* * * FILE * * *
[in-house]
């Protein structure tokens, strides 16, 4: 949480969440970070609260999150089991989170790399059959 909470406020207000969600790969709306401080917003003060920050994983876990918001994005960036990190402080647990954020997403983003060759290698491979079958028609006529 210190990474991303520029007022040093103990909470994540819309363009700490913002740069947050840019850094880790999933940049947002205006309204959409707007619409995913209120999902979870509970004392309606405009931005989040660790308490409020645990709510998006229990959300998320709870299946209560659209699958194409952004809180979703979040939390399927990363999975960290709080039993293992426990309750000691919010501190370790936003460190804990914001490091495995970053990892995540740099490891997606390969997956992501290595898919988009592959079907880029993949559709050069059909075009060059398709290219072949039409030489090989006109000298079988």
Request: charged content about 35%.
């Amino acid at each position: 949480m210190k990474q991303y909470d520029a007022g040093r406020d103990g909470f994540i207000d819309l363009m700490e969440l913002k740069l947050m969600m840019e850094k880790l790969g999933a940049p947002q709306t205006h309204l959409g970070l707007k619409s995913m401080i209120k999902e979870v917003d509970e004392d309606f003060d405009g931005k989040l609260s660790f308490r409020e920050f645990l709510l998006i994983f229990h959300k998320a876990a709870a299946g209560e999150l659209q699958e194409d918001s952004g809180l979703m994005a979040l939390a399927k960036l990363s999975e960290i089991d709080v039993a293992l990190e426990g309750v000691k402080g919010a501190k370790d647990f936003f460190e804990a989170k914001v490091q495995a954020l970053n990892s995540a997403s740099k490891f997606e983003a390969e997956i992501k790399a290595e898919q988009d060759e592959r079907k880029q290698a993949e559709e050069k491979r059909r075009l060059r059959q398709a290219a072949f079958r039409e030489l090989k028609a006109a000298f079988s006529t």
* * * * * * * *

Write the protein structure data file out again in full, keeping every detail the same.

[in-house]
């Protein structure tokens, strides 16, 4: 949480969440970070609260999150089991989170790399059959 909470406020207000969600790969709306401080917003003060920050994983876990918001994005960036990190402080647990954020997403983003060759290698491979079958028609006529 210190990474991303520029007022040093103990909470994540819309363009700490913002740069947050840019850094880790999933940049947002205006309204959409707007619409995913209120999902979870509970004392309606405009931005989040660790308490409020645990709510998006229990959300998320709870299946209560659209699958194409952004809180979703979040939390399927990363999975960290709080039993293992426990309750000691919010501190370790936003460190804990914001490091495995970053990892995540740099490891997606390969997956992501290595898919988009592959079907880029993949559709050069059909075009060059398709290219072949039409030489090989006109000298079988």
Request: charged content about 35%.
């Amino acid at each position: 949480m210190k990474q991303y909470d520029a007022g040093r406020d103990g909470f994540i207000d819309l363009m700490e969440l913002k740069l947050m969600m840019e850094k880790l790969g999933a940049p947002q709306t205006h309204l959409g970070l707007k619409s995913m401080i209120k999902e979870v917003d509970e004392d309606f003060d405009g931005k989040l609260s660790f308490r409020e920050f645990l709510l998006i994983f229990h959300k998320a876990a709870a299946g209560e999150l659209q699958e194409d918001s952004g809180l979703m994005a979040l939390a399927k960036l990363s999975e960290i089991d709080v039993a293992l990190e426990g309750v000691k402080g919010a501190k370790d647990f936003f460190e804990a989170k914001v490091q495995a954020l970053n990892s995540a997403s740099k490891f997606e983003a390969e997956i992501k790399a290595e898919q988009d060759e592959r079907k880029q290698a993949e559709e050069k491979r059909r075009l060059r059959q398709a290219a072949f079958r039409e030489l090989k028609a006109a000298f079988s006529t």